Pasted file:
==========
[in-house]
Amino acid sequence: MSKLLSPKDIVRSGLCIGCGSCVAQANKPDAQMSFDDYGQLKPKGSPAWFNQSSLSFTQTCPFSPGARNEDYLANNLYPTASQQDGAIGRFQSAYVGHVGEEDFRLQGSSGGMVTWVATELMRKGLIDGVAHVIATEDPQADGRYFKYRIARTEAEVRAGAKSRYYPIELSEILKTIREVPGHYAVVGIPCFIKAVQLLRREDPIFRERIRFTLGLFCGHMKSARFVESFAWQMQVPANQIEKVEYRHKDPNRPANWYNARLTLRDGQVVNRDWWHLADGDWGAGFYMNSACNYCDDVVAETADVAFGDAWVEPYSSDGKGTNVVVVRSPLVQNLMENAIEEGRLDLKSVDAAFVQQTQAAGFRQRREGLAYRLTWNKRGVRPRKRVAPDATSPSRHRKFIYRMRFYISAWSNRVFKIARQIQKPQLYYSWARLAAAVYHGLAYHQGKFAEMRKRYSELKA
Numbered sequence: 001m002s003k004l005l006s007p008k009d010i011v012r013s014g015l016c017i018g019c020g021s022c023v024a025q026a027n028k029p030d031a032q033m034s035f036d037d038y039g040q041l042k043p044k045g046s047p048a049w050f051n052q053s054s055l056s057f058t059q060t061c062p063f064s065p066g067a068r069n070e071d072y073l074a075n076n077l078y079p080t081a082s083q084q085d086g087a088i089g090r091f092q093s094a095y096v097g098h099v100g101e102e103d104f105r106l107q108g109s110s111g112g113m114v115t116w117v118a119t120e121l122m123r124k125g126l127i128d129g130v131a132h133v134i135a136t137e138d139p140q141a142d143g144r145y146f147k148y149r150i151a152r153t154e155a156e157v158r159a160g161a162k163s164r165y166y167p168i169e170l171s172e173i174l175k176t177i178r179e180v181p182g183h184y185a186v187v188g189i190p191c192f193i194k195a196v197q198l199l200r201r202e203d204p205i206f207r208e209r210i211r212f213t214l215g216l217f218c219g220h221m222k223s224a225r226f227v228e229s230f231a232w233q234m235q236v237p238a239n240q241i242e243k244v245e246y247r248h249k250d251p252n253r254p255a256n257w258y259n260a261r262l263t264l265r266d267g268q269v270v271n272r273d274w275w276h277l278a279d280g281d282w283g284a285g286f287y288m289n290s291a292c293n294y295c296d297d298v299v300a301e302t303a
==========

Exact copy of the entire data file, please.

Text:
[in-house]
Amino acid sequence: MSKLLSPKDIVRSGLCIGCGSCVAQANKPDAQMSFDDYGQLKPKGSPAWFNQSSLSFTQTCPFSPGARNEDYLANNLYPTASQQDGAIGRFQSAYVGHVGEEDFRLQGSSGGMVTWVATELMRKGLIDGVAHVIATEDPQADGRYFKYRIARTEAEVRAGAKSRYYPIELSEILKTIREVPGHYAVVGIPCFIKAVQLLRREDPIFRERIRFTLGLFCGHMKSARFVESFAWQMQVPANQIEKVEYRHKDPNRPANWYNARLTLRDGQVVNRDWWHLADGDWGAGFYMNSACNYCDDVVAETADVAFGDAWVEPYSSDGKGTNVVVVRSPLVQNLMENAIEEGRLDLKSVDAAFVQQTQAAGFRQRREGLAYRLTWNKRGVRPRKRVAPDATSPSRHRKFIYRMRFYISAWSNRVFKIARQIQKPQLYYSWARLAAAVYHGLAYHQGKFAEMRKRYSELKA
Numbered sequence: 001m002s003k004l005l006s007p008k009d010i011v012r013s014g015l016c017i018g019c020g021s022c023v024a025q026a027n028k029p030d031a032q033m034s035f036d037d038y039g040q041l042k043p044k045g046s047p048a049w050f051n052q053s054s055l056s057f058t059q060t061c062p063f064s065p066g067a068r069n070e071d072y073l074a075n076n077l078y079p080t081a082s083q084q085d086g087a088i089g090r091f092q093s094a095y096v097g098h099v100g101e102e103d104f105r106l107q108g109s110s111g112g113m114v115t116w117v118a119t120e121l122m123r124k125g126l127i128d129g130v131a132h133v134i135a136t137e138d139p140q141a142d143g144r145y146f147k148y149r150i151a152r153t154e155a156e157v158r159a160g161a162k163s164r165y166y167p168i169e170l171s172e173i174l175k176t177i178r179e180v181p182g183h184y185a186v187v188g189i190p191c192f193i194k195a196v197q198l199l200r201r202e203d204p205i206f207r208e209r210i211r212f213t214l215g216l217f218c219g220h221m222k223s224a225r226f227v228e229s230f231a232w233q234m235q236v237p238a239n240q241i242e243k244v245e246y247r248h249k250d251p252n253r254p255a256n257w258y259n260a261r262l263t264l265r266d267g268q269v270v271n272r273d274w275w276h277l278a279d280g281d282w283g284a285g286f287y288m289n290s291a292c293n294y295c296d297d298v299v300a301e302t303a